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Int J Cardiol. 2018 Mar 15;255:206-211. doi: 10.1016/j.ijcard.2017.11.065.

Impact of peripheral artery disease on early and late outcomes of transcatheter aortic valve implantation in patients with severe aortic valve stenosis.

Author information

1
Division of Cardiology, Department of Internal Medicine, Severance Cardiovascular Hospital, Yonsei University College of Medicine, Seoul, Republic of Korea; Division of Cardiology, Department of Cardiovascular Research Institute, Severance Cardiovascular Hospital, Yonsei University College of Medicine, Seoul, Republic of Korea; Division of Cardiology, Department of Internal Medicine, Seoul Paik Hospital, Inje University College of Medicine, Seoul, Republic of Korea.
2
Division of Cardiology, Department of Internal Medicine, Severance Cardiovascular Hospital, Yonsei University College of Medicine, Seoul, Republic of Korea; Division of Cardiology, Department of Cardiovascular Research Institute, Severance Cardiovascular Hospital, Yonsei University College of Medicine, Seoul, Republic of Korea. Electronic address: ygko@yuhs.ac.
3
Division of Cardiology, Department of Internal Medicine, Severance Cardiovascular Hospital, Yonsei University College of Medicine, Seoul, Republic of Korea; Division of Cardiology, Department of Cardiovascular Research Institute, Severance Cardiovascular Hospital, Yonsei University College of Medicine, Seoul, Republic of Korea.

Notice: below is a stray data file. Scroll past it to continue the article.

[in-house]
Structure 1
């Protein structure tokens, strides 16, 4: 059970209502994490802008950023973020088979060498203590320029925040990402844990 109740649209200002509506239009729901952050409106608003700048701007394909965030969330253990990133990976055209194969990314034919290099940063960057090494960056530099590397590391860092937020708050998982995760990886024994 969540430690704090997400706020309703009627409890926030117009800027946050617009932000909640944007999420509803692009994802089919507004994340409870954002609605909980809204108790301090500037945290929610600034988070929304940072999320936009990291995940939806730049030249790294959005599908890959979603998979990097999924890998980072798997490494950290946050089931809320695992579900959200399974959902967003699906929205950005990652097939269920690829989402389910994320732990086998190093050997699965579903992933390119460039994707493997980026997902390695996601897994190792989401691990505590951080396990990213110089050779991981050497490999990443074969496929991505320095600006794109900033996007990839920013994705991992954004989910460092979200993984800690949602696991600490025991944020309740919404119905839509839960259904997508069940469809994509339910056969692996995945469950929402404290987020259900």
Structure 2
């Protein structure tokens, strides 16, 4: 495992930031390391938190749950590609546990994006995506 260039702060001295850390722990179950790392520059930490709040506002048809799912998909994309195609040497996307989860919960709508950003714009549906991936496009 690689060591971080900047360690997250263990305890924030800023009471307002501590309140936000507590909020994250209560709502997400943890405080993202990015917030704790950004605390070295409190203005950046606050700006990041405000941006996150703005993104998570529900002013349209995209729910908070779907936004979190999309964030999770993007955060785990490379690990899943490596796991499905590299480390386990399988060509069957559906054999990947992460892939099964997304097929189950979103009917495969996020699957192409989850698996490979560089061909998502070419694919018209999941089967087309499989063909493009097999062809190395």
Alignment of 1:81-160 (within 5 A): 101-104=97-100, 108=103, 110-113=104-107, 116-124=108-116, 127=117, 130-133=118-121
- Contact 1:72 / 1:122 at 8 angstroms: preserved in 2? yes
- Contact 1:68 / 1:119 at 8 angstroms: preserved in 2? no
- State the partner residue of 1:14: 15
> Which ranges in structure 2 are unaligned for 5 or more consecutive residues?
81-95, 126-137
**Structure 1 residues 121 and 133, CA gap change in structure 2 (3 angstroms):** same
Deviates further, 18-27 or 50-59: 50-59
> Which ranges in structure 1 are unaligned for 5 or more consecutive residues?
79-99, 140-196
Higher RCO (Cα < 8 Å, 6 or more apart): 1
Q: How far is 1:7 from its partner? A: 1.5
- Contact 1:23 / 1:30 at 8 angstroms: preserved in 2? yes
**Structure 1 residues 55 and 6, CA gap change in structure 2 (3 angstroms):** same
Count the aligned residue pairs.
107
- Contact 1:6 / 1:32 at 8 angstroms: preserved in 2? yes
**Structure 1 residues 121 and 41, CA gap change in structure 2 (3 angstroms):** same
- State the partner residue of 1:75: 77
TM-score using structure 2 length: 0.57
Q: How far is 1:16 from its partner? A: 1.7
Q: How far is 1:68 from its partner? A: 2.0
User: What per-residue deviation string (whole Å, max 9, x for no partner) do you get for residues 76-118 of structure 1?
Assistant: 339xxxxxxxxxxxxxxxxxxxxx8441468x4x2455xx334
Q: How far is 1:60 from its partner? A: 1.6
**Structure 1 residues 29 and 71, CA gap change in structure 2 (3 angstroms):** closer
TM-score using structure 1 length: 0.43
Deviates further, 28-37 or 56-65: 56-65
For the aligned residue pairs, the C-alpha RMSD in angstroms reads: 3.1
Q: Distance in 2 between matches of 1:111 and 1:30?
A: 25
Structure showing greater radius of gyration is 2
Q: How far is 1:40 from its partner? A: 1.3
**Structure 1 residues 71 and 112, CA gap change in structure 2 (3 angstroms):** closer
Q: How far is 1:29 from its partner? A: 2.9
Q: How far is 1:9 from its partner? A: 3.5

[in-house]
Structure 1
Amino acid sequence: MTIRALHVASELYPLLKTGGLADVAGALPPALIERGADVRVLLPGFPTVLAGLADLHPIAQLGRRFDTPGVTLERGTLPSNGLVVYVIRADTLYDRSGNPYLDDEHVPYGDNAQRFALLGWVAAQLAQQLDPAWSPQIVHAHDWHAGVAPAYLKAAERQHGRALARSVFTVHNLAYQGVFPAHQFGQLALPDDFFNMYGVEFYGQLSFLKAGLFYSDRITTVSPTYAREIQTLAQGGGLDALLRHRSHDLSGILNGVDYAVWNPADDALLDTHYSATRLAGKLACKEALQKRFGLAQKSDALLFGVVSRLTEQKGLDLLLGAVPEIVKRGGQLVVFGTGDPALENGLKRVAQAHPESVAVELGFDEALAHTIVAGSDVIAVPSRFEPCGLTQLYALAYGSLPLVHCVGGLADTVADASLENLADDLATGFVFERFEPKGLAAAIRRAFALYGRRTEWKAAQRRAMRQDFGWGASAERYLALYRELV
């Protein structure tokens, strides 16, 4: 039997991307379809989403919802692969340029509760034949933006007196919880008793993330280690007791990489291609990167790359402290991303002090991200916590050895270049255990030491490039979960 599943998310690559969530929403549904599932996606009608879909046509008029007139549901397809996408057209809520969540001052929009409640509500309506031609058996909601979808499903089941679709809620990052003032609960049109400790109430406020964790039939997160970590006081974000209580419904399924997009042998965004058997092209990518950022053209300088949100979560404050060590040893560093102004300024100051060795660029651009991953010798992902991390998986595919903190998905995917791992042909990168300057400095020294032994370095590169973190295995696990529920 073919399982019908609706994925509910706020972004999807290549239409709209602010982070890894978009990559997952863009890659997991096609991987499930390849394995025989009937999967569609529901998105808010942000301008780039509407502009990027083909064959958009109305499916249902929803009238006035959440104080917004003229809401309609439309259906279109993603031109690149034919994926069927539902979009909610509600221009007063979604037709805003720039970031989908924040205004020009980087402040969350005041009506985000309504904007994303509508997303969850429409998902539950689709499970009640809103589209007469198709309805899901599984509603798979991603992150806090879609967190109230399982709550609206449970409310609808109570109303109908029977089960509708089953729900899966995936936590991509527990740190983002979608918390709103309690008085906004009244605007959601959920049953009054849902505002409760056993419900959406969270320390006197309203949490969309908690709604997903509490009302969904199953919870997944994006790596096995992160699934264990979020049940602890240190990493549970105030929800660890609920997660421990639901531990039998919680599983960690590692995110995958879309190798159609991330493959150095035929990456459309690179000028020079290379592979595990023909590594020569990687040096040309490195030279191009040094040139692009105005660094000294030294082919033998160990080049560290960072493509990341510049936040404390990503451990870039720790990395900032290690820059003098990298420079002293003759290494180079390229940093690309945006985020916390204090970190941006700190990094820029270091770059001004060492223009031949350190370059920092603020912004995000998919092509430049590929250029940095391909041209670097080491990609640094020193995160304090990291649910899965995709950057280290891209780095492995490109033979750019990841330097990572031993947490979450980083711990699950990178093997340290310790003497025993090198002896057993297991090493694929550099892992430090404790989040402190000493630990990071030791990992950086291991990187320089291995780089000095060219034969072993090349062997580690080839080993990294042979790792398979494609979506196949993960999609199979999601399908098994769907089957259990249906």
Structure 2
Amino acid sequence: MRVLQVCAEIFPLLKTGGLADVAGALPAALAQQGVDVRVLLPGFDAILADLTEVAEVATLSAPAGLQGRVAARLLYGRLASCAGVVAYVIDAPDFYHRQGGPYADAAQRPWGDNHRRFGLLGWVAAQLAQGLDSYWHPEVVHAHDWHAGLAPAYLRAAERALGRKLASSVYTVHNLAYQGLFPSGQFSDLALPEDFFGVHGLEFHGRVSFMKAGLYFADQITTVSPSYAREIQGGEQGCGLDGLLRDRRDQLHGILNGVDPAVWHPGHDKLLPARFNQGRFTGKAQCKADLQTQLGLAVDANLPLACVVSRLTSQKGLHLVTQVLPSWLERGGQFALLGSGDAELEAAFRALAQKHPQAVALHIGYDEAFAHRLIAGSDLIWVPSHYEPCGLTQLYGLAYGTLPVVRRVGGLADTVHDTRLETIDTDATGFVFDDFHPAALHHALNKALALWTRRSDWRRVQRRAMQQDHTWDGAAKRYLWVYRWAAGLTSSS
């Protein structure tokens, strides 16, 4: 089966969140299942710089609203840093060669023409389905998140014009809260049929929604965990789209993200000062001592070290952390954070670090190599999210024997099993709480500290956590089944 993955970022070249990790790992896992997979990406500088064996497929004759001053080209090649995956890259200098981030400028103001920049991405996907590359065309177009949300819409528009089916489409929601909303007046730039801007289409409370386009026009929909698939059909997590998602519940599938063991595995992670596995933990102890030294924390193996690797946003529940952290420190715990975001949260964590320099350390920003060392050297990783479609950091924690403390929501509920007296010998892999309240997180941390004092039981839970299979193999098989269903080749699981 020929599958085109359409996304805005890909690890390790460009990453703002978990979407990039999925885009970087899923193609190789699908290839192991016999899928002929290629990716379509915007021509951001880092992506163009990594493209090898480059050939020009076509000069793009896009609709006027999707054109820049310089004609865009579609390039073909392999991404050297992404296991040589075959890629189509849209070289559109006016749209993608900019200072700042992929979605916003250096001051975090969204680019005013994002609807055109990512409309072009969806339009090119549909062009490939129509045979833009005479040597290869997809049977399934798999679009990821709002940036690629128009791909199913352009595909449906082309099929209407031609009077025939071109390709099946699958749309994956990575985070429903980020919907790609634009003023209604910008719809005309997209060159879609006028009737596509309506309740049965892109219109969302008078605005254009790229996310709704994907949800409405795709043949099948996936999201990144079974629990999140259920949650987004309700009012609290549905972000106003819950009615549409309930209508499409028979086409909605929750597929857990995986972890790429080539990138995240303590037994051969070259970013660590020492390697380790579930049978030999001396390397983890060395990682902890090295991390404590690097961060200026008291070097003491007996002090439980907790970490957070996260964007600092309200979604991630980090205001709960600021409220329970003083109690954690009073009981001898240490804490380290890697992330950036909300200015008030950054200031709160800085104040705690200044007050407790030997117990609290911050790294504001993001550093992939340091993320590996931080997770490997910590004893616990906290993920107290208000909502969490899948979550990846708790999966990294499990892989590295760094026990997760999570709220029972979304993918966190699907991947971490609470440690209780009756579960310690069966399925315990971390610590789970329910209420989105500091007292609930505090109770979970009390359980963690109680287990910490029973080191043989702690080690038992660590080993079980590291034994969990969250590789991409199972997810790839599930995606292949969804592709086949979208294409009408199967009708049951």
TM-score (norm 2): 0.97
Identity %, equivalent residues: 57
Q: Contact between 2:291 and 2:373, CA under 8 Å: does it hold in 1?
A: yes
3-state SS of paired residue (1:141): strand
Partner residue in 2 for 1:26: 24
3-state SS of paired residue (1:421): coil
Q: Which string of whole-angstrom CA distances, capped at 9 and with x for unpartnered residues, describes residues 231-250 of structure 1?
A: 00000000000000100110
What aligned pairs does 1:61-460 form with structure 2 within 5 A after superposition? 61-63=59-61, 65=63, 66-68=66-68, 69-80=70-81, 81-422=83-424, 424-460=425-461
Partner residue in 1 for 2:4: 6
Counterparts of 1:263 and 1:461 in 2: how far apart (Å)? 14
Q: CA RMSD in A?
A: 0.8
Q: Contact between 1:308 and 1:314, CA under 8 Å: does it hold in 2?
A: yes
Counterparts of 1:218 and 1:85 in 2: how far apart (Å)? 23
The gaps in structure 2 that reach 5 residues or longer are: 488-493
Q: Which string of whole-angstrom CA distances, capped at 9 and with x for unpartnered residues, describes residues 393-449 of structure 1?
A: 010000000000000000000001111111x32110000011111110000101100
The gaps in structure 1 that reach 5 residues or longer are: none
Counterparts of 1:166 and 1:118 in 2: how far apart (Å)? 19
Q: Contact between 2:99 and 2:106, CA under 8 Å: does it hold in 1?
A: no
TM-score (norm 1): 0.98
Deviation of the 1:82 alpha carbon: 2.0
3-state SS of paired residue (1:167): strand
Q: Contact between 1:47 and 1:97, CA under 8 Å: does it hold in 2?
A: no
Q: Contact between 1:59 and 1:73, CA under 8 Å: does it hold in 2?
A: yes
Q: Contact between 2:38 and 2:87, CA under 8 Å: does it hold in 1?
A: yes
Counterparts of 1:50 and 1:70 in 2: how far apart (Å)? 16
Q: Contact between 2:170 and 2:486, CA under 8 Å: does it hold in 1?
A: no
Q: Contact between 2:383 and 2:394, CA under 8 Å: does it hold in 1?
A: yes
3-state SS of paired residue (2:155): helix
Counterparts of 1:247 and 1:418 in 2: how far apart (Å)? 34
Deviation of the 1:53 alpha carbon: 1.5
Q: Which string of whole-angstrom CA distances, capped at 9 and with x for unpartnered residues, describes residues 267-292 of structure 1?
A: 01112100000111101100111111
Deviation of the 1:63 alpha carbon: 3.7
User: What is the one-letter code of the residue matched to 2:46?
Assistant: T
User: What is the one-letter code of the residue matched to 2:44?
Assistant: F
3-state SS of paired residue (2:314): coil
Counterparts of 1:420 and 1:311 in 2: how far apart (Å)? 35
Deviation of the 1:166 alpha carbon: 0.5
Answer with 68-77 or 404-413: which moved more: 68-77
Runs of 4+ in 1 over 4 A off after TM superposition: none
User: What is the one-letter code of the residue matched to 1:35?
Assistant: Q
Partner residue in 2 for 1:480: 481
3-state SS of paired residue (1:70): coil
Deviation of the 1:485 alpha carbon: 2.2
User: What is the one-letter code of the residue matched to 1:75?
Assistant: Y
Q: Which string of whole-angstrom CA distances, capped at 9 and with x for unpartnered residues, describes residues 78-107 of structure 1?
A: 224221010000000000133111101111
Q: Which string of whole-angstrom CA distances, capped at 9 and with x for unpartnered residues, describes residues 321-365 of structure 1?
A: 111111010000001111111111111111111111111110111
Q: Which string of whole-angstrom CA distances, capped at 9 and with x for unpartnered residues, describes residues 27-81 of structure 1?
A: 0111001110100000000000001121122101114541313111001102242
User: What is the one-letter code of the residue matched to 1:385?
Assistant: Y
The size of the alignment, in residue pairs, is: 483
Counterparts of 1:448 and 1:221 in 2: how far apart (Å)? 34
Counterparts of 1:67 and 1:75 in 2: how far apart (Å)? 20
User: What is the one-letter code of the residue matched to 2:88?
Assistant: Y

4
Division of Cardiovascular Surgery, Department of Thoracic and Cardiovascular Surgery, Severance Cardiovascular Hospital, Yonsei University College of Medicine, Seoul, Republic of Korea.

Abstract

AIMS:

Peripheral artery disease (PAD) is frequently present in patients undergoing transcatheter aortic valve implantation (TAVI) for severe aortic stenosis. This study assessed the impact of PAD on clinical outcome after TAVI.

METHODS:

A total of 115 patients who underwent TAVI were evaluated retrospectively. Patients were divided into PAD and non-PAD groups, with PAD defined as stenosis≥50% in lower extremity arteries. Immediate and late clinical outcomes were compared between the two groups.

RESULTS:

PAD was present in 31.3% (36/115) of the patients undergoing TAVI. Compared to the non-PAD group, the PAD group had higher Society of Thoracic Surgeons' (STS) risk scores (8.83%±6.20% vs 6.23%±4.15%, p=0.039) and more frequent diagnoses of diabetes (52.8% vs 30.4%, p=0.021) and multi-vessel coronary artery disease (55.6% vs 29.1%, p=0.007). The PAD group also had higher incidence of major vascular complication (11.1% vs 1.3%, p=0.033), 30-day mortality (13.9% vs 1.3%, p<0.001), and subsequent 1-year (30.6% vs 3.8%, p<0.001) and 2-year (47.2% vs. 10.1%, p<0.001) all-cause mortality. PAD was identified as an independent predictor of increased 1-year mortality (hazard ratio [HR] 8.65; 95% confidence interval [CI], 1.05-71.14, p=0.045) after TAVI along with high STS score (HR 11.18, 95% CI 1.36-92.04, p=0.025).

CONCLUSIONS:

Presence of PAD was significantly associated with increased rates of major vascular complications as well as immediate and late mortality in patients undergoing TAVI. Assessment of PAD before TAVI is essential to choose an access strategy and to predict clinical results.

KEYWORDS:

Aortic stenosis; Clinical outcome; Peripheral artery disease; Transcatheter aortic valve implantation

PMID:
29425561
DOI:
10.1016/j.ijcard.2017.11.065
[Indexed for MEDLINE]

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